By Anna Lykke Lundholm-Andersen
Blog. In my first contribution to DataEthics I accused the data industry for having harvested our most precious information to an extend that only benefits the data industry since the commercial birth of the Internet 25 years ago. I discussed two reasons for us as citizens to accept that exploitation: One being that we have been ignorant to the functions of the industry the other being that we have been accustomed to silent acceptance because no real alternatives have been present. In this blog I’d like to suggest a sustainable alternative and a balance that I interpret as a necessary path for the industry as it will contribute to its long-term success and survival.
The core tenet is that you cannot keep draining your fundament if you want a sustainable business that lasts not only for a determinate period of time which you can profit from now, but one that will benefit the generations that are to come after you and contribute to long lasting success. It’s about understanding your contribution to the human species at a greater level than your quarterly turnovers. It’s about making an actual beneficial contribution to society in general and be honest about your intentions.
If we take a close look at the data industry they have not, so far, had a contributing starting point caretaking their own fundament. This being a starting point, in moral philosophical terms, a purely calculative and self interested starting point from the data industry’s behalf. This is in no way sustainable as it has an expiry date. When ‘consumers’ – that is citizens; human beings – realise that they’ve been exploited and manipulated, there will be a reaction. At the very least, disgust. And even if riots do not to occur, there will be unrecoverable distrust that will have its impact on how people act on the Internet. With its theoretical basis in panopticism (Bentham and later Foucault), citizens are told to accustom themselves to around-the-clock surveillance in the digital age and behave accordingly to not being aware when they are monitored or not. This has an enormous impact on our notion of being free citizens (not necessarily at a conscious level). We have to realise that we are manipulated by an industry and that our freedom and democracy are at stake as the ones in charge of our data have disproportionate power and tell us directly how to be consumers, voters, and humans.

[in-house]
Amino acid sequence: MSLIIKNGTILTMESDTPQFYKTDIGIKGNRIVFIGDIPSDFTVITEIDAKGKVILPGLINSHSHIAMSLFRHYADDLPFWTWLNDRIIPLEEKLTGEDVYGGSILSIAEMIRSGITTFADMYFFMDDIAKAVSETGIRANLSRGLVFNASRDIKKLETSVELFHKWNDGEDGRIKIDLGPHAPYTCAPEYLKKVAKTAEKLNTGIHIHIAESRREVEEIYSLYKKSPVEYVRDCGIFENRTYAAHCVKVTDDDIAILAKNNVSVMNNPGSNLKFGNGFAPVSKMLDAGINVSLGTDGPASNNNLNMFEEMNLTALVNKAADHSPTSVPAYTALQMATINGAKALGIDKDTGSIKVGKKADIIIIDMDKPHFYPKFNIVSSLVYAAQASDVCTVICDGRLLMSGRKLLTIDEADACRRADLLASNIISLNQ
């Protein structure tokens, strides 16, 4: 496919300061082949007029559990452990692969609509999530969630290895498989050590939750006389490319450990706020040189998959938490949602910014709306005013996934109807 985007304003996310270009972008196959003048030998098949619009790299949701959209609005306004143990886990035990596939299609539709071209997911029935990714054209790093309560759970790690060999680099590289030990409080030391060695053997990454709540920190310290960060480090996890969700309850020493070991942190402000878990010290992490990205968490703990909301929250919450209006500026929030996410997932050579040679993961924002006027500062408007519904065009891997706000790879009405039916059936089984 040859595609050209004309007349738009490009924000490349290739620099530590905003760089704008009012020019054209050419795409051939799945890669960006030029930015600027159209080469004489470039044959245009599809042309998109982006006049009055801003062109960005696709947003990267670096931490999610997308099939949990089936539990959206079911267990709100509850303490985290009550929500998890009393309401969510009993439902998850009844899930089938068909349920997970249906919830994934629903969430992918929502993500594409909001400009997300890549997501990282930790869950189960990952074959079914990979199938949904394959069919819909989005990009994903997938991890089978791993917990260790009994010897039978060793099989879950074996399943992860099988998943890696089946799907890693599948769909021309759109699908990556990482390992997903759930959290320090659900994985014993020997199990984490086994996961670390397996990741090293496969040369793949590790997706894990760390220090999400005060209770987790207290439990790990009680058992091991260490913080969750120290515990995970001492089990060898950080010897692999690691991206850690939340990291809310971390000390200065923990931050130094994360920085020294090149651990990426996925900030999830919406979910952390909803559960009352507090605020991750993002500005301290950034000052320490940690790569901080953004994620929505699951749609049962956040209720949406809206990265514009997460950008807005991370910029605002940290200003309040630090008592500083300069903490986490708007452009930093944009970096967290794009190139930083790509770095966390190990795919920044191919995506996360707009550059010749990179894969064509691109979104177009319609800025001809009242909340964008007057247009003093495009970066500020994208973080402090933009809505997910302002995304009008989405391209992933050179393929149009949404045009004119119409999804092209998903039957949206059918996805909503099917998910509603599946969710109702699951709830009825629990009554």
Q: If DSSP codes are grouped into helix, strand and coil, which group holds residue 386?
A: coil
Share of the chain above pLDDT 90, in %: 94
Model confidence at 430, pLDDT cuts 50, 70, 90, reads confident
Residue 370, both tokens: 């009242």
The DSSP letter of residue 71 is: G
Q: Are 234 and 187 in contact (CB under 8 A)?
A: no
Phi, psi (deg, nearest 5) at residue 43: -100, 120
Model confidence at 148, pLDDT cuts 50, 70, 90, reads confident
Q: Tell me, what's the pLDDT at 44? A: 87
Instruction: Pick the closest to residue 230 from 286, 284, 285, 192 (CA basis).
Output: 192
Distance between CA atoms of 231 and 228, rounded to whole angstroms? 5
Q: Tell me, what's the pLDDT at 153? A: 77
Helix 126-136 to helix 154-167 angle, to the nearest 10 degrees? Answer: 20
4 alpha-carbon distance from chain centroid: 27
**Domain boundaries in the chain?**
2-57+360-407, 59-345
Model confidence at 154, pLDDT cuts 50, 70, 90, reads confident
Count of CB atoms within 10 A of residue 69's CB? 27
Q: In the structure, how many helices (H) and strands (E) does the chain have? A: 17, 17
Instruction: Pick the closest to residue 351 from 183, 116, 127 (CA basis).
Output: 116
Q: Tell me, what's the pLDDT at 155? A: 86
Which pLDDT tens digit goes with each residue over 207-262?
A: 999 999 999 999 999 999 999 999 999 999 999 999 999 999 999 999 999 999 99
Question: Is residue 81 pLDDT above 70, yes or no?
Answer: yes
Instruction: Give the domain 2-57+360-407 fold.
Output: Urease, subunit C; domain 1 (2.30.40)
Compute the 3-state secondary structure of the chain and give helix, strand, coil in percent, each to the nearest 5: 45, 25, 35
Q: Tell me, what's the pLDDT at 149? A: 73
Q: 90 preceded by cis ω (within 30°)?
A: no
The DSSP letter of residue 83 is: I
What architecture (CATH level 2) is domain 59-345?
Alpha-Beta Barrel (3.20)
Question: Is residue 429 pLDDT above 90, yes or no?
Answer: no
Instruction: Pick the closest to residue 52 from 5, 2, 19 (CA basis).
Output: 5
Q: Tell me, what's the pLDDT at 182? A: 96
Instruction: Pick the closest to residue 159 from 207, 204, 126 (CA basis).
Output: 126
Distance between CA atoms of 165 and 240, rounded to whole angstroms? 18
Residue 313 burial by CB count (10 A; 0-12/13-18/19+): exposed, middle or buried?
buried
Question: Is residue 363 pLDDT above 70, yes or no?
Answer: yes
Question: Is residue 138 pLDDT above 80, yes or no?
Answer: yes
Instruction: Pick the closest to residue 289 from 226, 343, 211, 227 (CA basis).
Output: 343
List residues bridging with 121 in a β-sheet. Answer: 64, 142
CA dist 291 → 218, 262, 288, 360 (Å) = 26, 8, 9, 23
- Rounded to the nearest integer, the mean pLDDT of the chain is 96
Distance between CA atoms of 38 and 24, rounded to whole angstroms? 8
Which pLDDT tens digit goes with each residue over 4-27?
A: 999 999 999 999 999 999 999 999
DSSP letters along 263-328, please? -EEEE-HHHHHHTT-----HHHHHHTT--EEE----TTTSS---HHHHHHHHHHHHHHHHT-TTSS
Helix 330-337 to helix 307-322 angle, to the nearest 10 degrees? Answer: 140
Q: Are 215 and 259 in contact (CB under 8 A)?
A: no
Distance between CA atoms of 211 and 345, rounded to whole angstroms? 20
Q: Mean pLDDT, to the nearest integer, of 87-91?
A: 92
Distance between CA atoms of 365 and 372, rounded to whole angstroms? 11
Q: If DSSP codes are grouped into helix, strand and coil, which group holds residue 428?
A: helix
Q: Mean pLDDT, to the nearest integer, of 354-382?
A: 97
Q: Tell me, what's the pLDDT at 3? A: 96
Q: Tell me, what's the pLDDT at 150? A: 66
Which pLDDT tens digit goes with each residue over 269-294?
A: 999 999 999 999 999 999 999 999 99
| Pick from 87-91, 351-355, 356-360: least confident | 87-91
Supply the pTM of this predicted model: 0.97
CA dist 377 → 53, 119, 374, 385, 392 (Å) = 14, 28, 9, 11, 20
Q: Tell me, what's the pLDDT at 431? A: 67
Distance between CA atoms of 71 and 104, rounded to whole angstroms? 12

Building upon this the theory of the unravelling effect, coined by Scott Peppet, points to the fact that people in the data-driven economy are forced into giving up more of their privacy despite their unease as people with ‘conform’ data will have an initial interest in giving up data to the lords of the data industry because there is an immediate benefit, but forcing people not so well off to join in giving up personal data as well eventually or potentially discriminating them as a consequence of their lesser valuable data footprints or profiles as ‘waste’ as the industry calls them.
This is a concern that needs to be made. And not just at a cost beneficial level to companies, but as a concern that matters in regards to human rights.
That being said I’m not advocating that the industry should stop utilising data, because data can help us solve the most complex and simple challenges we face today. But it has to be done in a sustainable way, so that companies can gain from insights from their customers whilst caretaking their interests of being private human beings, not crossing the border or balance of draining their own fundament of existence.
The data industry needs to realise that they are draining their own fundament, and that they have to take pride in protecting their most valuable asset – their consumer’s privacy. Not being an act of altruism, but an act of sustainability: both caretaking their own interests equally and their existence in the sense that they realise that if they harvest without seeding, they will create their own extinction.
Anna Lykke Lundholm-Andersen recently graduated from the Dansih IT-University with a Master Thesis covering the data industry and privacy challenges. Today, she works with marketing & communications at Valcon.